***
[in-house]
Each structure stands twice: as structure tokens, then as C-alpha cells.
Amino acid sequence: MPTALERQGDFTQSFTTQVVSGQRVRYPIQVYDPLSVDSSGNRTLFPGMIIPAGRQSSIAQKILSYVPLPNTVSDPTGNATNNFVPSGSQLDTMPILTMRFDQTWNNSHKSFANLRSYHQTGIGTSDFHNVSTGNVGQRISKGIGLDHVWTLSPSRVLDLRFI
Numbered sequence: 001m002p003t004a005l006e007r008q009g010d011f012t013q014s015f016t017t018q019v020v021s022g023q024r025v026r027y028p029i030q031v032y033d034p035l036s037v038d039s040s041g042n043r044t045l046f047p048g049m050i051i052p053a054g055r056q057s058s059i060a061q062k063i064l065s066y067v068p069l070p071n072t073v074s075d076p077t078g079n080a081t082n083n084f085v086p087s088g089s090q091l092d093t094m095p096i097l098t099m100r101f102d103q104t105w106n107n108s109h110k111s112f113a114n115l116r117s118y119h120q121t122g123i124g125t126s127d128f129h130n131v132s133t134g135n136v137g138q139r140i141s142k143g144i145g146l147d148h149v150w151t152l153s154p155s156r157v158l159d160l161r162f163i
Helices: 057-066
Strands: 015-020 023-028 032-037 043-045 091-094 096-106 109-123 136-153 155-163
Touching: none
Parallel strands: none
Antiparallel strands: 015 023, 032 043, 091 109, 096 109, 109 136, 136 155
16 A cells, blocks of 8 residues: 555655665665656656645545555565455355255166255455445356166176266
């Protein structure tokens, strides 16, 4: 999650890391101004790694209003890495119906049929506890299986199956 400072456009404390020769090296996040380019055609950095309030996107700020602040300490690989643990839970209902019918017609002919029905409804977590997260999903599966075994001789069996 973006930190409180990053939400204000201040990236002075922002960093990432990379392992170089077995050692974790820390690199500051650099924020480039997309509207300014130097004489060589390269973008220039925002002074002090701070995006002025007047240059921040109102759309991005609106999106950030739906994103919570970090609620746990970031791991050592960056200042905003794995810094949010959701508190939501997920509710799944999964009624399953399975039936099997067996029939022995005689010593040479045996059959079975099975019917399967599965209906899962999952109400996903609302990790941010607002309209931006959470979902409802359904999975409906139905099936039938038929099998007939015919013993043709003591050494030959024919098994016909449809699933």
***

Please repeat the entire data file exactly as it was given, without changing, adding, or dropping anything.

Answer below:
[in-house]
Each structure stands twice: as structure tokens, then as C-alpha cells.
Amino acid sequence: MPTALERQGDFTQSFTTQVVSGQRVRYPIQVYDPLSVDSSGNRTLFPGMIIPAGRQSSIAQKILSYVPLPNTVSDPTGNATNNFVPSGSQLDTMPILTMRFDQTWNNSHKSFANLRSYHQTGIGTSDFHNVSTGNVGQRISKGIGLDHVWTLSPSRVLDLRFI
Numbered sequence: 001m002p003t004a005l006e007r008q009g010d011f012t013q014s015f016t017t018q019v020v021s022g023q024r025v026r027y028p029i030q031v032y033d034p035l036s037v038d039s040s041g042n043r044t045l046f047p048g049m050i051i052p053a054g055r056q057s058s059i060a061q062k063i064l065s066y067v068p069l070p071n072t073v074s075d076p077t078g079n080a081t082n083n084f085v086p087s088g089s090q091l092d093t094m095p096i097l098t099m100r101f102d103q104t105w106n107n108s109h110k111s112f113a114n115l116r117s118y119h120q121t122g123i124g125t126s127d128f129h130n131v132s133t134g135n136v137g138q139r140i141s142k143g144i145g146l147d148h149v150w151t152l153s154p155s156r157v158l159d160l161r162f163i
Helices: 057-066
Strands: 015-020 023-028 032-037 043-045 091-094 096-106 109-123 136-153 155-163
Touching: none
Parallel strands: none
Antiparallel strands: 015 023, 032 043, 091 109, 096 109, 109 136, 136 155
16 A cells, blocks of 8 residues: 555655665665656656645545555565455355255166255455445356166176266
């Protein structure tokens, strides 16, 4: 999650890391101004790694209003890495119906049929506890299986199956 400072456009404390020769090296996040380019055609950095309030996107700020602040300490690989643990839970209902019918017609002919029905409804977590997260999903599966075994001789069996 973006930190409180990053939400204000201040990236002075922002960093990432990379392992170089077995050692974790820390690199500051650099924020480039997309509207300014130097004489060589390269973008220039925002002074002090701070995006002025007047240059921040109102759309991005609106999106950030739906994103919570970090609620746990970031791991050592960056200042905003794995810094949010959701508190939501997920509710799944999964009624399953399975039936099997067996029939022995005689010593040479045996059959079975099975019917399967599965209906899962999952109400996903609302990790941010607002309209931006959470979902409802359904999975409906139905099936039938038929099998007939015919013993043709003591050494030959024919098994016909449809699933």